A few months back, I gave myself I challenge- to sit down and reflect on my day, every day, and write down the things I’m grateful for. This was inspired by the notebook we kept during teacher training, where we noted the best and worst parts of our day. I loved the positive journaling, but often found myself filling out the “worst” parts first. For someone who calls themselves a “realist” but often gets caught being a “pessimist”, this wasn’t surprising, but it was troubling, and I decided to do something about it.
My gratitude journal is simple. Every page has the date, and the phrase “Today I’m grateful for…” Below are bullet points of the things I’m thankful to have in my life, like people or objects. There’s a few points that are on almost every page (Just Be yogis, my parents, my house, etc.) but some days I write down kind strangers or specific acts of kindness I’ve experienced. Logging these little things helps me acknowledge just how much they meant to me, and makes me remember the good in the world when I flip back through the pages. For example, I might go through a tough week thinking people are selfish or only thinking of themselves, but see a few notes like, “The woman who gave me her parking pass with two hours left on it.” or “My friend’s aunt who gave me fresh eggs from her chickens.”
Perhaps the most valuable gift my journal has given me is the tool of rephrasing. Some nights, when I sit down to journal, I might be thinking about how much it cost to fill up my tank with gas. So, I’ll write down that I’m grateful to have a car to drive and to have the independence that brings. If I’m feeling down about a tough class or test, I’ll write down that I’m grateful for the help of my teachers. If I’m feeling stressed about a busy schedule, I’ll say I’m thankful for all the opportunities coming to me and all the people who make it possible. By rewording my stressors or grudges, I’m able to change my perception of, and reaction to, things that can bring me down.
It’s a simple daily exercise that can change your life. By spinning things in a positive light, your mood can shift dramatically. Instead of feeling bogged down by expenses, conflicts, or obstacles, you’re focused on the blessings they carry. Sure, cars require gas that costs more than is comfortable, but they are a privilege to have and drive. Sure, our jobs can be stressful and time consuming, but the ability to work and provide for our needs is unparalleled. Keeping a journal of gratitude helps you reconnect with the little pleasures in life, and makes a remarkable difference in the way you approach your days.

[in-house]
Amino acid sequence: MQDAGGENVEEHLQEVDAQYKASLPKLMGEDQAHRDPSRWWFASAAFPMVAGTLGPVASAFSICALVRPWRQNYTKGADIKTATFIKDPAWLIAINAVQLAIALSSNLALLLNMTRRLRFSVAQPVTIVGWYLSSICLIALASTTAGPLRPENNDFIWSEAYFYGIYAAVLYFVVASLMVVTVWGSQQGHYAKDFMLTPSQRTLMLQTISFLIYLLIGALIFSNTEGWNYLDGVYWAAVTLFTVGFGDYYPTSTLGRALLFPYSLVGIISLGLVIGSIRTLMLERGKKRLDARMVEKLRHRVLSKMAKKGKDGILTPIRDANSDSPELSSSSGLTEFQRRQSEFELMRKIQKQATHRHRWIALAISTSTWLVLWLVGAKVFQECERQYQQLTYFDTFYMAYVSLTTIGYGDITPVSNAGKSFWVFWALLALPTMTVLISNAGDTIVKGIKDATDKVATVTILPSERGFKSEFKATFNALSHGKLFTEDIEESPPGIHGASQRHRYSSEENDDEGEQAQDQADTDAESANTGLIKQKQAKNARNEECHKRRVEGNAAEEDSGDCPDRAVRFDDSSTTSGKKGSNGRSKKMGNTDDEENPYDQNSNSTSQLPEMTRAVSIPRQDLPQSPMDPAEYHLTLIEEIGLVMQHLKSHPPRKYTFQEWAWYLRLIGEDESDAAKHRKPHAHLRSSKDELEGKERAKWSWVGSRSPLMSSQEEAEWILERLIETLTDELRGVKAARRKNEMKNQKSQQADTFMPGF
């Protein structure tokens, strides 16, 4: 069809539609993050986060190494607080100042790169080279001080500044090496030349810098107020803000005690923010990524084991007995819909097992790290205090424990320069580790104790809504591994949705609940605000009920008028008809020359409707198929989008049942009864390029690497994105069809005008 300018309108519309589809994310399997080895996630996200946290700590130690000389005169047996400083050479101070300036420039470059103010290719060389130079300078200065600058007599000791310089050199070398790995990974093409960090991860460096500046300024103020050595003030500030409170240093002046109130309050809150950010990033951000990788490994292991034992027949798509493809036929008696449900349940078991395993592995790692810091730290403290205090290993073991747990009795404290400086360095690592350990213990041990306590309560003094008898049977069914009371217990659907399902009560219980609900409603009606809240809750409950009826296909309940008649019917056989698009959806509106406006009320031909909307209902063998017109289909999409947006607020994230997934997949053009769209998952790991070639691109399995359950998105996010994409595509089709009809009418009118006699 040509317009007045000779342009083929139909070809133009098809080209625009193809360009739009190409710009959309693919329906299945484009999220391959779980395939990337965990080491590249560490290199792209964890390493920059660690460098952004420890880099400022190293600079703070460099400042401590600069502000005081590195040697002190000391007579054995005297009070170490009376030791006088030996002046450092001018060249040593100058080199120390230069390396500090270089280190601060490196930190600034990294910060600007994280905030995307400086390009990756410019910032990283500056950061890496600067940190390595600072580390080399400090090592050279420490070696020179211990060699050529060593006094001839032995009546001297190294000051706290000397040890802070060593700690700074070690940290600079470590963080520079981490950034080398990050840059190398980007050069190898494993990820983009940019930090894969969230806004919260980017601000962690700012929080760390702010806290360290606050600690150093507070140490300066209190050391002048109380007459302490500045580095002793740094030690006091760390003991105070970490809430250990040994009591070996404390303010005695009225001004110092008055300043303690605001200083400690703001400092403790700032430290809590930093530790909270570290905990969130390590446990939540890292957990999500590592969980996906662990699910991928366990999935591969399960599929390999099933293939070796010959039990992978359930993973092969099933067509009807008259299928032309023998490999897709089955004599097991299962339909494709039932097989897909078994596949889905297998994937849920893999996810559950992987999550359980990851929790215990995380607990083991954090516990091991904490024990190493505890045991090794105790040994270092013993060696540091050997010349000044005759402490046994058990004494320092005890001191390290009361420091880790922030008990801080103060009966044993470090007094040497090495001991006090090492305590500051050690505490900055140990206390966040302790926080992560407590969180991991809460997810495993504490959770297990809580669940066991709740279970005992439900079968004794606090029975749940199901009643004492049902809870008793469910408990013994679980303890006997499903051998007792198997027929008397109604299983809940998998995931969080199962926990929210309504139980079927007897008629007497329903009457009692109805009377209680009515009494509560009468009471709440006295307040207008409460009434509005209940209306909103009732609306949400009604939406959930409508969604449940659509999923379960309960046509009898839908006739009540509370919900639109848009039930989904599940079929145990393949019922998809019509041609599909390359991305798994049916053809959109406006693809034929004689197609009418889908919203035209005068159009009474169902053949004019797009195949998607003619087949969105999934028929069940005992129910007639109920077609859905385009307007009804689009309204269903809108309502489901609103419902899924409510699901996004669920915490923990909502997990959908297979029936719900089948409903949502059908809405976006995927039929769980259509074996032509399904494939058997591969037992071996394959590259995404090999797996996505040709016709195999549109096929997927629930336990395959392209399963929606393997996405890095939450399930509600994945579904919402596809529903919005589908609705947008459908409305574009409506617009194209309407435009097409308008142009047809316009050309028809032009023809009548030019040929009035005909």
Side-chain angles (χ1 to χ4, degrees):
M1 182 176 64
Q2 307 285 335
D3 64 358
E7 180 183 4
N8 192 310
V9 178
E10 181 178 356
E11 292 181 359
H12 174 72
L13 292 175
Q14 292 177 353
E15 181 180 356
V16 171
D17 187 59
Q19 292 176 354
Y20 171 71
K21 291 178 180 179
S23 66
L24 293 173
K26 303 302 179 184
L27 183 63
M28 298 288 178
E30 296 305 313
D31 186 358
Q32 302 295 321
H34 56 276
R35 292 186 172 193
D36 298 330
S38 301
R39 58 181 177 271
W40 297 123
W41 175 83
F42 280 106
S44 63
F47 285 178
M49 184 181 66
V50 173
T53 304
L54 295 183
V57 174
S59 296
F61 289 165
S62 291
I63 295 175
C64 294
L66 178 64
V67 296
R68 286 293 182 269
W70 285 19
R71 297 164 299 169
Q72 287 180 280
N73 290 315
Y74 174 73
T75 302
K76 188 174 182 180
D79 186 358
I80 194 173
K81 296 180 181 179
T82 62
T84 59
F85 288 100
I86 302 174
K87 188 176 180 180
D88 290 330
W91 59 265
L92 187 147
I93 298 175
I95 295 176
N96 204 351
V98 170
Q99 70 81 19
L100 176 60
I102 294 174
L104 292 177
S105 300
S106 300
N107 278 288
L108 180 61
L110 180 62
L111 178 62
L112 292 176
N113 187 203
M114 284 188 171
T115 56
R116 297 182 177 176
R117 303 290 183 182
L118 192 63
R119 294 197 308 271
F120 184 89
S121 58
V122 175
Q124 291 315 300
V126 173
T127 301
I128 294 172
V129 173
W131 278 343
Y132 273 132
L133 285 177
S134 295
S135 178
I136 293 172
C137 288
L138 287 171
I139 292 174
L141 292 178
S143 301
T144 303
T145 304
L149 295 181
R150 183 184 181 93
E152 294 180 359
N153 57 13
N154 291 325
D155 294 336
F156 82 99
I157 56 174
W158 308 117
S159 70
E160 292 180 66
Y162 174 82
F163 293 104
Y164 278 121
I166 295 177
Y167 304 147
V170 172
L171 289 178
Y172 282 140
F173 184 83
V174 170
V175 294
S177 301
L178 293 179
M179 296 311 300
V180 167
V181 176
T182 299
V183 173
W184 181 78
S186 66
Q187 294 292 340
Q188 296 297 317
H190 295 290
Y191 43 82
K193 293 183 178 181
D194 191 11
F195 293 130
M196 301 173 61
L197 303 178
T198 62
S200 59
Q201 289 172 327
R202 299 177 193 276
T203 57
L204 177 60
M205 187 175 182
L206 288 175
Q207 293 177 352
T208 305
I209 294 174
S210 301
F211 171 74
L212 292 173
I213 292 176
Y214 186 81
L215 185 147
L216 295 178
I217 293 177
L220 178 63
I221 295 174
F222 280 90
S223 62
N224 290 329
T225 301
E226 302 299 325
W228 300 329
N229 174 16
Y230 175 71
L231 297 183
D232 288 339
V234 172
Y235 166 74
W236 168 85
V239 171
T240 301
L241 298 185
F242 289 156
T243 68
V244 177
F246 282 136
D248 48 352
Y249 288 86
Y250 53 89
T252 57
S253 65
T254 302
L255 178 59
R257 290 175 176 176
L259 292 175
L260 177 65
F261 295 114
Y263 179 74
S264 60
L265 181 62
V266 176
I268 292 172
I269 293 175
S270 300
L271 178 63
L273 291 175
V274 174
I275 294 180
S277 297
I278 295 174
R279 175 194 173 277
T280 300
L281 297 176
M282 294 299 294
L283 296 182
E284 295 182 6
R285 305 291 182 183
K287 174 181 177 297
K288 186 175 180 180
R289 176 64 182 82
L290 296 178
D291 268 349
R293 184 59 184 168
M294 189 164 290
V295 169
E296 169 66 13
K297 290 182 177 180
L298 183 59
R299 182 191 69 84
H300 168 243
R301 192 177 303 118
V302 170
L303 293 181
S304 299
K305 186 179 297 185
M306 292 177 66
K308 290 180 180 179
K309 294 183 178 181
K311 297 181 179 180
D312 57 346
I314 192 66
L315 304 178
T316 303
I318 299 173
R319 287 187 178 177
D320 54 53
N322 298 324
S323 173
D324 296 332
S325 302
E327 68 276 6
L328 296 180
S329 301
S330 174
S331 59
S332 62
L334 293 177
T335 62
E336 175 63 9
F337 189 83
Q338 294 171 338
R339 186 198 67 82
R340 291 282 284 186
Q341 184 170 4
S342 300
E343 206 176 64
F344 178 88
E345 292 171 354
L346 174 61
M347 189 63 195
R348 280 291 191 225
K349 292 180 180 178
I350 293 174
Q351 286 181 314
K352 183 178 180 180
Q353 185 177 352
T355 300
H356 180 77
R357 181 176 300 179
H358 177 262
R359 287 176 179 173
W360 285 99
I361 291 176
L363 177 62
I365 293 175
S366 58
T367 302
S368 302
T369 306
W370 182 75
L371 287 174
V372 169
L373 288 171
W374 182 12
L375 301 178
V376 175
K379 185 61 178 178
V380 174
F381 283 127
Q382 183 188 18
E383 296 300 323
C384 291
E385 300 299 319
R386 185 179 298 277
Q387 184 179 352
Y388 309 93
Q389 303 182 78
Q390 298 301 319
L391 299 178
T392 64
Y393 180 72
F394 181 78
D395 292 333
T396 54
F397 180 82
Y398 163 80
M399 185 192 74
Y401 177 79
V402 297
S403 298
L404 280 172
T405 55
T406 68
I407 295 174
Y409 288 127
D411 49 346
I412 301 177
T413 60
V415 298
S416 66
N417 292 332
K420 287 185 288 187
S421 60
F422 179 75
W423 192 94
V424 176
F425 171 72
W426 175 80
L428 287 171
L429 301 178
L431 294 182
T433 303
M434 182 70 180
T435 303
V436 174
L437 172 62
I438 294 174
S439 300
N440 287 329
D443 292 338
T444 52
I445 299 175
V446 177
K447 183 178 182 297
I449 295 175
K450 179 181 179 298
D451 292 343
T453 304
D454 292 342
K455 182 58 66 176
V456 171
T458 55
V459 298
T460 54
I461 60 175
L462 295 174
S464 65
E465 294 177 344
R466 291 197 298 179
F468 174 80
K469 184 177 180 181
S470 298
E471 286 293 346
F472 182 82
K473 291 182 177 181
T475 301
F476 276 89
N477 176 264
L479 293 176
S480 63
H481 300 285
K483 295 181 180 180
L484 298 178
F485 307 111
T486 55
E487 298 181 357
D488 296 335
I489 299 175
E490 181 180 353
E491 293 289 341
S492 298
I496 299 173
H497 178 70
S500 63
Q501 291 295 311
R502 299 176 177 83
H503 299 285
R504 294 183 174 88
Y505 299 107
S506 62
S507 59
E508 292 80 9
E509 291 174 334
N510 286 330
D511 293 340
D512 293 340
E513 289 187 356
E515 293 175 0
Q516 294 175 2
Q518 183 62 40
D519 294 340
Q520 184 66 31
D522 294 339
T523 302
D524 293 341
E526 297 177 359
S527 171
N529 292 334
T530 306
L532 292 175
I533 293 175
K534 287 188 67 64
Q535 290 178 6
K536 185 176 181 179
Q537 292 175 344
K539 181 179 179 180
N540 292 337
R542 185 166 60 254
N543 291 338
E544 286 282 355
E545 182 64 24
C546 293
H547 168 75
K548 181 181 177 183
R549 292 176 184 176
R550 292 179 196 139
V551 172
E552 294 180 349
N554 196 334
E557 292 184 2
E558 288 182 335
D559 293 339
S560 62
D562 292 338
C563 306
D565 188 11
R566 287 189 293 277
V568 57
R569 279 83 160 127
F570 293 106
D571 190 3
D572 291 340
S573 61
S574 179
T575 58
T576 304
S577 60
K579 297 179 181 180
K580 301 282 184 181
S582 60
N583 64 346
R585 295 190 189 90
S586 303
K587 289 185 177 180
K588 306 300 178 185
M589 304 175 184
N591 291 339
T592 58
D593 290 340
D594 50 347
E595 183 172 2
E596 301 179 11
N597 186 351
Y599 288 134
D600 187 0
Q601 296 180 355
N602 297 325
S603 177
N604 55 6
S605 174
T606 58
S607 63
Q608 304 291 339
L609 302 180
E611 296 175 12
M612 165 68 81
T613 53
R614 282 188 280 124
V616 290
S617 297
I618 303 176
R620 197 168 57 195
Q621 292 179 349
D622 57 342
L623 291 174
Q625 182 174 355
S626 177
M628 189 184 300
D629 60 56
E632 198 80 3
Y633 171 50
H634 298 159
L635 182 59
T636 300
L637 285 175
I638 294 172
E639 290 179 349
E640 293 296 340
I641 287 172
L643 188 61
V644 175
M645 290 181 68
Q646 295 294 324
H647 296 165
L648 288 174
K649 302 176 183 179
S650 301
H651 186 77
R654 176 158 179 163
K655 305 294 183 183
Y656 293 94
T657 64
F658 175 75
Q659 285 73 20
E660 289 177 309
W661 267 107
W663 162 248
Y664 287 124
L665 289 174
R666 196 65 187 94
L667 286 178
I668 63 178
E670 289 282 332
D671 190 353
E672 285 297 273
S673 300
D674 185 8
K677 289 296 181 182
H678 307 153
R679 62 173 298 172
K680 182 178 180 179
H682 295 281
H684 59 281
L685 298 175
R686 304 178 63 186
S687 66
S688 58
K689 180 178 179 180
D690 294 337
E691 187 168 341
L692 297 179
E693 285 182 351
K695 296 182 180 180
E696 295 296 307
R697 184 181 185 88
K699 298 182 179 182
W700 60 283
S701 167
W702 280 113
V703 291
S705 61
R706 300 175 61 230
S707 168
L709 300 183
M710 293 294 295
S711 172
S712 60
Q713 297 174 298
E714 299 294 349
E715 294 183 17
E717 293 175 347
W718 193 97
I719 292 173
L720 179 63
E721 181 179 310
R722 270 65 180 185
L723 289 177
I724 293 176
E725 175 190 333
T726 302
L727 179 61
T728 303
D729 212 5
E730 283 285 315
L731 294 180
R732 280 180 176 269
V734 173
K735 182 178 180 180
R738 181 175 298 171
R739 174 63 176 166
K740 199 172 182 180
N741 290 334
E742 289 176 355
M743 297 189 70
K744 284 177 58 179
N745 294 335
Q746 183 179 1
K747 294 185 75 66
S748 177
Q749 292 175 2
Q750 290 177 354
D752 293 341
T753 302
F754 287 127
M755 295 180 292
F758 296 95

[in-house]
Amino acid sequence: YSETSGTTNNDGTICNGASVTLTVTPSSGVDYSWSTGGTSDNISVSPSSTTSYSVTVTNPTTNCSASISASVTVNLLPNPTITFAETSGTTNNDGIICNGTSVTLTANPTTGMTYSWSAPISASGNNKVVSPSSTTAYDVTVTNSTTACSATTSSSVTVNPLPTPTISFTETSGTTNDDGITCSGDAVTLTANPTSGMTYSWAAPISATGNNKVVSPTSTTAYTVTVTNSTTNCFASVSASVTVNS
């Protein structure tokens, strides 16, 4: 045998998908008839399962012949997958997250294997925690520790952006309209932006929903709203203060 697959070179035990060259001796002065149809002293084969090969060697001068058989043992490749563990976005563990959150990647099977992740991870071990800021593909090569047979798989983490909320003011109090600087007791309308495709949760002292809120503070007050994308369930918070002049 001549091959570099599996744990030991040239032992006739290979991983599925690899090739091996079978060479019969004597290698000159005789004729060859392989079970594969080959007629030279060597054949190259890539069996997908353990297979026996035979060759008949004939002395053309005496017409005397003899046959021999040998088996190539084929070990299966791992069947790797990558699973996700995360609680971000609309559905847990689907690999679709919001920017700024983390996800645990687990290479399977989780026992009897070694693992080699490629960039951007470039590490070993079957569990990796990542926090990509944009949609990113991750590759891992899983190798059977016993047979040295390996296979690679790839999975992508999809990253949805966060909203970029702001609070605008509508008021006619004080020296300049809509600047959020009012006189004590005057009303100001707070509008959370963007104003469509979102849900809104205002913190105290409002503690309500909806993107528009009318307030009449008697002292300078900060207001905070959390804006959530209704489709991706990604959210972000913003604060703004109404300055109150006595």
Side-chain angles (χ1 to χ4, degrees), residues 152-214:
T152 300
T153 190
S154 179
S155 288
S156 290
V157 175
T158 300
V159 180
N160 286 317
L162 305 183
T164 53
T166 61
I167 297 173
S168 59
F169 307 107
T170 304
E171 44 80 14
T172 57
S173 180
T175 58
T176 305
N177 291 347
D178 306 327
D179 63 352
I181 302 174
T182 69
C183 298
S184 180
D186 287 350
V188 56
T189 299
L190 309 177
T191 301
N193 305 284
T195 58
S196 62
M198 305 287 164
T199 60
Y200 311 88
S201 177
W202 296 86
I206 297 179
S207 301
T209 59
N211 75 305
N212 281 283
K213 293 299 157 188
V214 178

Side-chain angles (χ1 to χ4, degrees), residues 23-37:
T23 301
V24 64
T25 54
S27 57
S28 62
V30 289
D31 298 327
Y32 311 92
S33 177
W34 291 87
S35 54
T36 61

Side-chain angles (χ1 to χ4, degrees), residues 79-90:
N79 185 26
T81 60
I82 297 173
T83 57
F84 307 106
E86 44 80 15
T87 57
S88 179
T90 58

We can’t control many things in life (I wrote about this in a previous post), but we can control one thing: our attitude. I had a teacher and post fellow-trainee speak to this in her class recently. She said that recently, I friend pointed out to her that throughout the day she often brought up how tired she was, and that it certainly couldn’t be helping her problem. I think we all do this- immediately default to the negativity in our lives instead of focusing on the positive. I certainly can relate to wallowing in my exhaustion or my stress instead of redirecting my focus to things within my control at that moment. Repeating how tired I am won’t make me less tired, but choosing to change my perspective can actually make a difference.
I encourage everyone to write down a few things they’re grateful for every day for a week, and notice the change. It doesn’t have to be elaborate or time consuming- just bullet points. You could even keep it on your phone (or go rather public and use social media, like Facebook, which would certainly hold you accountable). While it might start off as a chore, I can almost guarantee that you’ll grow to love it and the affect it has on your days.